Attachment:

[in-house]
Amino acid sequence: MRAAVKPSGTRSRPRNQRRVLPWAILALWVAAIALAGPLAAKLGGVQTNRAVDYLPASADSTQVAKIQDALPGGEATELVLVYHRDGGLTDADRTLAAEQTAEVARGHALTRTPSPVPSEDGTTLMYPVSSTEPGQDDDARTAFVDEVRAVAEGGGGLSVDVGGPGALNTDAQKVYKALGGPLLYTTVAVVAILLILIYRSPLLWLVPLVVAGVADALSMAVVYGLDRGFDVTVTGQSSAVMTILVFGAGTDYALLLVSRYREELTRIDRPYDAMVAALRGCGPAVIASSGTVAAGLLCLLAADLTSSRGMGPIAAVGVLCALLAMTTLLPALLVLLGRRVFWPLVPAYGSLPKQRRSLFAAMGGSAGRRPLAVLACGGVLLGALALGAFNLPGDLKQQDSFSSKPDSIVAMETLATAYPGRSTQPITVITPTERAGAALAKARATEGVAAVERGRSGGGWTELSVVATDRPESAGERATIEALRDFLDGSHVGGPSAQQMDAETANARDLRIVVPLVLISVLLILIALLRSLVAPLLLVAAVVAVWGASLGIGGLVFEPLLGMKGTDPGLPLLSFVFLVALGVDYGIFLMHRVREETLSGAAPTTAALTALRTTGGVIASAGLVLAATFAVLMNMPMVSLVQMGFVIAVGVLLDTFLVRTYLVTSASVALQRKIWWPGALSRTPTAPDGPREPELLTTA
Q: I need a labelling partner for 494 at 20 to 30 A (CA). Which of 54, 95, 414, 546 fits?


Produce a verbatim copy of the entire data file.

[in-house]
Amino acid sequence: MRAAVKPSGTRSRPRNQRRVLPWAILALWVAAIALAGPLAAKLGGVQTNRAVDYLPASADSTQVAKIQDALPGGEATELVLVYHRDGGLTDADRTLAAEQTAEVARGHALTRTPSPVPSEDGTTLMYPVSSTEPGQDDDARTAFVDEVRAVAEGGGGLSVDVGGPGALNTDAQKVYKALGGPLLYTTVAVVAILLILIYRSPLLWLVPLVVAGVADALSMAVVYGLDRGFDVTVTGQSSAVMTILVFGAGTDYALLLVSRYREELTRIDRPYDAMVAALRGCGPAVIASSGTVAAGLLCLLAADLTSSRGMGPIAAVGVLCALLAMTTLLPALLVLLGRRVFWPLVPAYGSLPKQRRSLFAAMGGSAGRRPLAVLACGGVLLGALALGAFNLPGDLKQQDSFSSKPDSIVAMETLATAYPGRSTQPITVITPTERAGAALAKARATEGVAAVERGRSGGGWTELSVVATDRPESAGERATIEALRDFLDGSHVGGPSAQQMDAETANARDLRIVVPLVLISVLLILIALLRSLVAPLLLVAAVVAVWGASLGIGGLVFEPLLGMKGTDPGLPLLSFVFLVALGVDYGIFLMHRVREETLSGAAPTTAALTALRTTGGVIASAGLVLAATFAVLMNMPMVSLVQMGFVIAVGVLLDTFLVRTYLVTSASVALQRKIWWPGALSRTPTAPDGPREPELLTTA
Q: I need a labelling partner for 494 at 20 to 30 A (CA). Which of 54, 95, 414, 546 fits?